Perseverance, Hard Work and Stevens Alumni Network Help Guide Co-op Student’s Disney Journey
Sarah Bertussi ’21, a mechanical engineering major in her third year at Stevens Institute of Technology, is currently in the midst of a dream co-op at the Walt Disney World Resort in Orlando, Florida.
It’s an experience that Bertussi has been working toward since her first year at Stevens when she learned of the Disney College Program (DCP), an intensely competitive internship program that draws applicants from around the country.
Bertussi had overcome two unsuccessful attempts before getting past Disney’s extensive application process, and ultimately getting an offer to participate in the DCP, which she began in January.
She describes her early attempts as essential learning experiences in determining what Disney looks for in an applicant. Now, she is working in the Theaters Complex of Disney’s Tomorrowland Attractions, at the Monsters, Inc. Laugh Floor and Walt Disney’s Carousel of Progress in a variety of roles.
“Sometimes I’ll be a greeter, other times I’ll be in the theater holding the microphone when the monsters joke with the audience, and sometimes I’ll be delivering the welcoming spiel for Walt Disney’s Carousel of Progress.”
As someone who has experienced Disney’s attractions numerous times growing up, Bertussi knows firsthand the indelible impression the famous resort can have on a child. Now that she is on the other side of the visitor experience, she says the most rewarding aspect of her DCP experience is seeing the wonderment on the faces of young Guests.
“When you get to interact with the Guests, especially the little kids, it really seeps in that you’re helping to create these incredibly memorable experiences for a family.”
Seeking and absorbing career advice, positioning for success
While Bertussi doesn’t see as much of the engineering aspect of Disney that relates to her mechanical engineering major, she says the DCP offers participants career development classes that match their interests, including one for STEM careers and another for engineering at Disney. They’re invitation-only, to ensure that the appropriate majors are getting to attend these sessions, and feature speakers who share their career journeys at Disney.
“More often than not, the speakers themselves got their first start at Disney through the DCP. We get advice, such as how to do 'meet and greets' with professionals at Disney who are working in the field that you’re interested in. These one-on-one meetings can yield personalized career advice, such as what kinds of connections you should be making; what internships you should be looking into; and how to make sure you are ready for that role when the internships come out.”
“I want to help instill that passion in young girls so that they don’t feel intimidated or discouraged from pursuing a STEM program or career.”
Before she was accepted into the DCP, Bertussi had considered applying for Disney’s professional internship program, but is happy about how things worked out, she says.
“I’m really developing an understanding of how Disney’s operation works and what their priorities are, and that understanding is important to have before starting a professional internship,” she said.
Additionally, she says her current experience will inform how she approaches her major when she returns to Stevens this fall.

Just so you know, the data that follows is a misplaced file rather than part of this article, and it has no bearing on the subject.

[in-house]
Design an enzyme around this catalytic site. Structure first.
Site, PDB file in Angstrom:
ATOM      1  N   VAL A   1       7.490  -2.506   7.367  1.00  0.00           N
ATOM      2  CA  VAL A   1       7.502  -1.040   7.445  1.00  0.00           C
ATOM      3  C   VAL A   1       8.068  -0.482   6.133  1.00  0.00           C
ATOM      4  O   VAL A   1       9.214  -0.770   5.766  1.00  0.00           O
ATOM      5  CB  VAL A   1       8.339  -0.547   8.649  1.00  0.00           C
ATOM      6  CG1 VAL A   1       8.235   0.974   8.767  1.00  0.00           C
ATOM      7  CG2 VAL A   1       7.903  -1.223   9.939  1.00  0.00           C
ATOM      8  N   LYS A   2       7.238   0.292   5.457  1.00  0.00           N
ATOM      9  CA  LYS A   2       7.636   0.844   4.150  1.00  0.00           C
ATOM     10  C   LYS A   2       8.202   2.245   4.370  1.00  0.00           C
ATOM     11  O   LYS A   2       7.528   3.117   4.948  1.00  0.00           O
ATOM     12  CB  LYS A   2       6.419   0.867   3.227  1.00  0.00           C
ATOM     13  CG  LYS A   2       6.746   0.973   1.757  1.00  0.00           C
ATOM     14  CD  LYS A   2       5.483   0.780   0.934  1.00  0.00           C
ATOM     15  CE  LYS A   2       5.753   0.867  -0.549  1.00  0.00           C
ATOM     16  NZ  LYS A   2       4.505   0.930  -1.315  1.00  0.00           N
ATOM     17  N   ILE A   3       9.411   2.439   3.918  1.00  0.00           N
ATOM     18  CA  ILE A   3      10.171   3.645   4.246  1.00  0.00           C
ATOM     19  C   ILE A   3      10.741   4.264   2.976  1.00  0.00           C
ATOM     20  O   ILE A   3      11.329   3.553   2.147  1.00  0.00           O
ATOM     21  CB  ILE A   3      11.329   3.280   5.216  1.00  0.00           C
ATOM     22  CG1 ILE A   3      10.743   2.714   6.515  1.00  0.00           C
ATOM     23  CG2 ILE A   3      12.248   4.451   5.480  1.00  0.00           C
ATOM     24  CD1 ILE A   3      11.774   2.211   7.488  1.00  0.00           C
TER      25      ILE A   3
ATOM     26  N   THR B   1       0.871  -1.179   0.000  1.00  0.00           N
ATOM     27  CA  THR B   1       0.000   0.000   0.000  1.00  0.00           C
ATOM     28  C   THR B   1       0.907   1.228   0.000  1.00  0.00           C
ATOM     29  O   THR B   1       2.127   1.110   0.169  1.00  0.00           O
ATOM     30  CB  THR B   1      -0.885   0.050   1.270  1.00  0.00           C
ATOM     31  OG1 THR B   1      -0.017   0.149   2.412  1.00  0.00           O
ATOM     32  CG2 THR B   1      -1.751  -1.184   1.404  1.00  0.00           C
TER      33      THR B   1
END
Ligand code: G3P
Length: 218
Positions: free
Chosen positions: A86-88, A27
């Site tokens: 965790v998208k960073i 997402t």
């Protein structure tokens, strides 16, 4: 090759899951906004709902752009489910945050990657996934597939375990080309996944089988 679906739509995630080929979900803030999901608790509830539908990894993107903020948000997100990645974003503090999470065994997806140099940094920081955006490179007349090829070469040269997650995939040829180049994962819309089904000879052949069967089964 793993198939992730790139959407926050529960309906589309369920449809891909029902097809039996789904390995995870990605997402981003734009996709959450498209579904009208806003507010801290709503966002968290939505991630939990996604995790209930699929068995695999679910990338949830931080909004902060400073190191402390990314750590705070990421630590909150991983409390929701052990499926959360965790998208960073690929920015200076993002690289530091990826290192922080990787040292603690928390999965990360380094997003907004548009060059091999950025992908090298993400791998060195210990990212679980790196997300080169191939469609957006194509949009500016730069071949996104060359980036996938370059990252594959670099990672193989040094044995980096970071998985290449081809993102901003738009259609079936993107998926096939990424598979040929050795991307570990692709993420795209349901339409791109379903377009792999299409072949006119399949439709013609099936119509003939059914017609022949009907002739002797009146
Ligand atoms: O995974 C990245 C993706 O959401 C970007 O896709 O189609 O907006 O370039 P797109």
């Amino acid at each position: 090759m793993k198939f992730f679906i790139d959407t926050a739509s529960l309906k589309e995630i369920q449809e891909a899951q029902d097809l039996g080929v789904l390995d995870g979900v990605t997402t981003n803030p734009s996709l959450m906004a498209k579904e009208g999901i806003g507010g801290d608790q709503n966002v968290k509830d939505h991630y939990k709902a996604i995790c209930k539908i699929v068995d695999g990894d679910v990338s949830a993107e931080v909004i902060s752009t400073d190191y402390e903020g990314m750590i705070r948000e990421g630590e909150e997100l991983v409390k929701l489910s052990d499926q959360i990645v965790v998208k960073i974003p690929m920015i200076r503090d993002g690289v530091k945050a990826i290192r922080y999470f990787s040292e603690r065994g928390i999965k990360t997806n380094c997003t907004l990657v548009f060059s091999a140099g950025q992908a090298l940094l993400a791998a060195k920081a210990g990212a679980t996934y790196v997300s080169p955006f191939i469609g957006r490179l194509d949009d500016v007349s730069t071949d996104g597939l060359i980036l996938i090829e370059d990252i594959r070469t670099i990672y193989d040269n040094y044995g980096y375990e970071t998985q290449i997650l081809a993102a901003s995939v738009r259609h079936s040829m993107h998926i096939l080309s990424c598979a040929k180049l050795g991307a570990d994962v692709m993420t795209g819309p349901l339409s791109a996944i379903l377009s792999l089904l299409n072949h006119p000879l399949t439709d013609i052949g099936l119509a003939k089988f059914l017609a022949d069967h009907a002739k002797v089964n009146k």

“If I am fortunate enough to get a professional internship at Disney, I’ll know what they’re looking for in their engineering.”
Campus engagement leads to an important contact
Before she was accepted into the DCP, Bertussi made a valuable Disney connection through her role as editor-in-chief for The Link, Stevens’ undergraduate yearbook.
“On campus I regularly communicate with Dean of Students Ken Nilsen, who serves as advisor for the yearbook. When I told him I was interested in an internship at Disney, he immediately put me in touch with Danielle DeFeo ’15 M.Eng. '15, a mechanical engineer in sustaining engineering at the Magic Kingdom,” she recalled.
“I was emailing with Danielle periodically leading up to my arrival in Orlando, and after I got down here and settled into my work schedule, I did a meet- and- greet with her. I was able to see where she worked and the kinds of projects she works on. She continues to be a very important contact for me.”
Inspiring the next generation
Bertussi’s early fascination with Disney is one of the things that inspired her to go into engineering.
It was after watching a documentary on the creation of Soarin', a flight motion simulator attraction at Disney’s EPCOT, that she first became aware of the concept of engineering, she revealed.
And when she was in the 11th grade, she built a Rube Goldberg machine with the help of her grandfather.
“The one that I built had mechanical, electrical, chemical, visible light and thermal components to it. And my grandfather worked with me a lot, teaching me about the electrical wiring aspect, such as the normally-open versus normally-closed switches, and helping me figure out the energy transfers. Up until college, that was the hardest engineering thing I had done.”
That early exposure to hands-on engineering projects is what drives Bertussi’s involvement with the Society of Women Engineers (SWE) section at Stevens, where she serves as co-chair for K-12 outreach. SWE organizes an outreach event on campus known as Stevens STARTS (Stimulate, Teach and Reveal Technology and Science) that is open to young girls and boys. The next STARTS will be held Sunday, April 7, 2019.
Early engagement in STEM is critical for girls in order to develop confidence, she says.
“I was usually the only girl in class, but that didn’t affect me because I was doing something that I really loved. I want to help instill that passion in young girls so that they don’t feel intimidated or discouraged from pursuing a STEM program or career.”